The use of NULLs in SQL is also unique to the language.  Fields do not support a missing data marker as part of the field, record or file itself.  Nor do fields have constraints which can be added to them in the record, like the DEFAULT and CHECK() clauses in SQL.

Relationships among tables within a database

Files are pretty passive creatures and will take whatever an application program throws at them without much objection.  Files are also independent of each other simply because they are connected to one application program at a time and therefore have no idea what other files looks like.

A database actively seeks to maintain the correctness of all its data.  The methods used are triggers, constraints and declarative referential integrity.

Declarative referential integrity (DRI) says, in effect, that data in one table has a

particular relationship with data in a second (possibly the same)  table.  It is also possible to have the database change itself via referential actions associated with the DRI.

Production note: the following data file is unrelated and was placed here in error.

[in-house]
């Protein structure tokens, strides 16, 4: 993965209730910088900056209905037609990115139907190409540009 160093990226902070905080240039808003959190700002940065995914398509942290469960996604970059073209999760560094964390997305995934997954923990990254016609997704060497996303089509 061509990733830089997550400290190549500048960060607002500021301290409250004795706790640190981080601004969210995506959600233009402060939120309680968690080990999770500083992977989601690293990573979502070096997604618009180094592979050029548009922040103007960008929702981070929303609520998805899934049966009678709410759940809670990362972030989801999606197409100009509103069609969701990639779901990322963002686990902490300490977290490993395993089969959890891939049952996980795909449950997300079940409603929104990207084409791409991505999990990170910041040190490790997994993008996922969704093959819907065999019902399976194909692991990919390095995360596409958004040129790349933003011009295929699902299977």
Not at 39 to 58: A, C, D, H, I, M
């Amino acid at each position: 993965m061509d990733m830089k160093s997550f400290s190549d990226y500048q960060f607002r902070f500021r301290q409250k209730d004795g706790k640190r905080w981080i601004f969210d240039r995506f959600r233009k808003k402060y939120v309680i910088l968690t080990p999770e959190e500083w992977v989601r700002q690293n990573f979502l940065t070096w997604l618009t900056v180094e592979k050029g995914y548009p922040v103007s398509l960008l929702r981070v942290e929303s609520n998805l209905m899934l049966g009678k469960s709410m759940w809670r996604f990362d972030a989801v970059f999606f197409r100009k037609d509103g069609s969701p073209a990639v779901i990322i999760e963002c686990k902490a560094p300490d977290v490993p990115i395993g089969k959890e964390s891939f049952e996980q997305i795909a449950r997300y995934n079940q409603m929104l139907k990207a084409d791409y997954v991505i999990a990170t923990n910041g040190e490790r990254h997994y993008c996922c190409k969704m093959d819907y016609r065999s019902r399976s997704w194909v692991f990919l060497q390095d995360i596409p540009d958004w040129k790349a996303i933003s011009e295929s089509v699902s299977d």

For example, a business rule might be that we do not sell products which are not in inventory.

This rule would be enforce by a REFERENCES clause on the Orders table which references the Inventory table and a referential action of ON DELETE CASCADE Triggers are a more general way of doing much the same thing as DRI.  A  trigger is a block of procedural code which is executed before, after or instead of an INSERT INTO or UPDATE statement.  You can do anything with a trigger that you can do with DRI and more.

However, there are problems with TRIGGERs.  While there is a standard syntax  for them in the SQL-92 standard, most vendors have not implemented it.  What they have is very proprietary syntax instead.  Secondly, a trigger cannot pass information to the optimizer like DRI.  In the example in this section, I know that for every product number in the Orders table, I have that same product number in the Inventory table.  The optimizer can use that information in setting up EXISTS() predicates and JOINs in the queries.  There is no reasonable way to parse procedural trigger code to determine this relationship.